Class 2 — positive workplace, but more back pain. These workers scored higher than any group, even those who had already returned to work, on people-oriented workplace culture and workplace disability management practices. However, they also scored relatively high with respect to pain and disability levels.
Class 3 — multiple issues. These workers fared the poorest in all areas except workplace disability management practices and workplace culture, and even here their scores were relatively worse. Their levels of depressive symptoms were much higher.
At six months post-injury, Steenstra found that 41 per cent of workers in Class 1 (workplace issues), as with 40 per cent in Class 2 (high back pain) and 43 per cent in Class 3 (multiple issues), were not working. This compared to 11 per cent of workers in the group that had returned to work at one month.
Steenstra suggests different interventions, or courses of action, that workers in each of these classes might need to ensure a timely return to work. Those with workplace issues would likely benefit most from interventions that address disability management practices and culture at work. Clinical interventions may not be the priority.
Those from a positive workplace but with ongoing pain might benefit most from interventions that target back pain, such as exercises. They might also particularly need supportive health-care providers who offer assurance and communicate with their supervisor to structure a return-to-work plan as part of recovery.
Finally, workers with multiple issues would probably benefit most from a program that intervenes on all fronts, paying special attention to the workplace and psychological issues. They might benefit from problem-solving training, development of coping skills, stress management and cognitive behavioural therapy.
The challenge now, says Steenstra, is to be able to identify as early as possible the risk category into which these workers fall. “The practical implications of this study are highly dependent on the quality of screening that can be achieved,” he says. To that end, Steenstra is currently working on a screening tool to predict time off work among people with low-back injuries.
What does this mean in practice? There might be a benefit in treating workers with low-back injuries in different ways. Tailoring interventions to improve return-to-work according to individual risk factors may be helpful.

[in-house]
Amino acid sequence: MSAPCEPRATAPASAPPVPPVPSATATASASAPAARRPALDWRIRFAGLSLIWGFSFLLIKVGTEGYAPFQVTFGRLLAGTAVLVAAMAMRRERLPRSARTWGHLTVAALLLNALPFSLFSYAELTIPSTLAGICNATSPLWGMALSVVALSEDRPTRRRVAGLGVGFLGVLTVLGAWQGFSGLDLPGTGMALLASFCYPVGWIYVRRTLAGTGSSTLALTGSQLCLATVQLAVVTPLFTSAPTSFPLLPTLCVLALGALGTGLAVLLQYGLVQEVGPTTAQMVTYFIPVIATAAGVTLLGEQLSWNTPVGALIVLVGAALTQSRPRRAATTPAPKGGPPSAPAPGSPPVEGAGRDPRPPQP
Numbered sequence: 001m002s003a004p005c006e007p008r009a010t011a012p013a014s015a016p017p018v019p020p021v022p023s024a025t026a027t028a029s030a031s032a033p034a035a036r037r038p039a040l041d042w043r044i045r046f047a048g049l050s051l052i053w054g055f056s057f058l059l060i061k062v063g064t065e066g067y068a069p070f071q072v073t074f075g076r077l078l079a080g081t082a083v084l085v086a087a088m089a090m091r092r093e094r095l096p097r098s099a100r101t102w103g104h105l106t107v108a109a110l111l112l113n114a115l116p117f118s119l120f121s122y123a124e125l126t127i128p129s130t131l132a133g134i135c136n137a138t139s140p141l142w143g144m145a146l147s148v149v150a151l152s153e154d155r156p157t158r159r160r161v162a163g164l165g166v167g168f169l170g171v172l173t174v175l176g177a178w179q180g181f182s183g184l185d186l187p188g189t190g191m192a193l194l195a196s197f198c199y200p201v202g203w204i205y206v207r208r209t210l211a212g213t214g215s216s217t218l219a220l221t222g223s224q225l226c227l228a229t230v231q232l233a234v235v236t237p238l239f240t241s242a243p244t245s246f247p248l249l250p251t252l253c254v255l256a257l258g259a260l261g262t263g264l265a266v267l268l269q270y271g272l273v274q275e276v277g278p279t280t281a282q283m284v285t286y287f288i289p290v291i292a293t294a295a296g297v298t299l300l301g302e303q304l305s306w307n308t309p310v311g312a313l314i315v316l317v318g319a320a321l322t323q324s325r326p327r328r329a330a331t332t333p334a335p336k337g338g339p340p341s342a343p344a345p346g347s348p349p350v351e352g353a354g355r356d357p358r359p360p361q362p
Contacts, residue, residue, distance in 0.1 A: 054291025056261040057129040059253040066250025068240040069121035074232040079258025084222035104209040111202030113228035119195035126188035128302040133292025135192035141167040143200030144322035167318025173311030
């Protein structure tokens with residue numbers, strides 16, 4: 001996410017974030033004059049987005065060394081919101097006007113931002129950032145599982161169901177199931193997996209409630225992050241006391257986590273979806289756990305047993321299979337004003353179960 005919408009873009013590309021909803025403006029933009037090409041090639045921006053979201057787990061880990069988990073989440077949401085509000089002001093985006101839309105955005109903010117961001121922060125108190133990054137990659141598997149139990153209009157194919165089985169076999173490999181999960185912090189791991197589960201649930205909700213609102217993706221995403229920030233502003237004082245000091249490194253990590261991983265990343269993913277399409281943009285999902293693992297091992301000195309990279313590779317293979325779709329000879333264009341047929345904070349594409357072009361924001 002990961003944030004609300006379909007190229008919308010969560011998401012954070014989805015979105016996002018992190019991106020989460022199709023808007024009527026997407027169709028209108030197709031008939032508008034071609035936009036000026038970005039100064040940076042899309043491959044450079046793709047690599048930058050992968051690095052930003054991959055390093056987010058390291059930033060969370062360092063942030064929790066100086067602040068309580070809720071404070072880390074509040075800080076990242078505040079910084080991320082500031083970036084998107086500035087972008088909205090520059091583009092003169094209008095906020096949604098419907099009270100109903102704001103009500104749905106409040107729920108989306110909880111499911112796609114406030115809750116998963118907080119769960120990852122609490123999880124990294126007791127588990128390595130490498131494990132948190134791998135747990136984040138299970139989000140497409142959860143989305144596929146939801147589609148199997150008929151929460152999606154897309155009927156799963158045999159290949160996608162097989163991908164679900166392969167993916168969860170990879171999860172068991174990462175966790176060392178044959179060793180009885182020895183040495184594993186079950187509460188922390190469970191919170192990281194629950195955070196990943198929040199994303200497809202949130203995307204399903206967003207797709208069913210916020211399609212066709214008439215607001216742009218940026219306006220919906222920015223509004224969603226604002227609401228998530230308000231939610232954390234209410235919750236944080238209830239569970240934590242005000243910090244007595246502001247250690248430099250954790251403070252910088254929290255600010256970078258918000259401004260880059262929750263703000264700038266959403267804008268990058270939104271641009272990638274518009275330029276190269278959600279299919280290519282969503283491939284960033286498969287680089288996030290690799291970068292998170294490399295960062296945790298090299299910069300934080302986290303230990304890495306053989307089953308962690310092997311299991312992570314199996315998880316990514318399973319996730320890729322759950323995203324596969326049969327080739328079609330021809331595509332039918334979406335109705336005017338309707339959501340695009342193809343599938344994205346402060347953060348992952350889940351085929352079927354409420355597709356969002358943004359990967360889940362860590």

3. Medication overuse
Some workers with work-related disabilities may frequently be prescribed pain medication in order to cope with return-to-work demands. So suggests IWH Scientist Dr. Ellen MacEachen, who observed this finding while researching the factors that account for the small (but costly) percentage of injured workers who have difficulty returning to work.
I didn’t set out to gather information on medication overuse, she said at the October 2009 Canadian Congress for Research on Mental Health and Addiction in the Workplace, where she presented her findings. However, what she found in her interviews with 48 injured workers and 21 service providers across Ontario was that the use of painkillers, such as opioids, was not uncommon among injured workers trying to manage their pain as they attempted to return to work.
They take the medication to keep moving and to be able to do work that has not been modified in the wake of their injury, explained MacEachen.
And they often don’t complain, perhaps because they are too stoic or too terrified of losing their jobs and/or workers’ compensation benefits.
It’s a no-win situation, MacEachen said. Workers take the medication to cope, but the medication makes it hard for them to function. As well, the medication may also present a safety hazard.
Because the medication masks pain and symptoms, workers may over-extend and experience a reinjury she said.
As well, they may pose a risk to their co-workers if working in an impaired state.
The problem calls for “upstream solutions,” MacEachen said. She suggested the following:
- more systemic oversight of workplace return to work by the Workplace Safety and Insurance Board (which the WSIB is embarking on through its new service delivery model);
- the creation of a forum for workers to complain about poor RTW situations without fear of losing their benefits or jobs; and
- more weight being given to the advice of physicians who say a worker is not ready to return, even if the employer indicates accommodated work is available.
As for the workplace parties,
there is currently little in the way of guidance to assist workers, employers and health professionals who must deal with this issue, MacEachen said. She suggested the way forward is to improve communications.
If a worker does return to work while on strong medications, the physician should carefully monitor medication use. Also, while observing worker confidentiality, the employer should be made aware of the worker’s functional incapacity, such as concentration and coordination limitations, related not just to the original injury but to medication use as well.
What does this mean in practice? Involving workers’ health-care providers in the design of return-to-work programs that accommodate workers’ pain levels and medication use may be helpful. Be aware that returning injured workers may be taking pain medication in order to cope with job demands.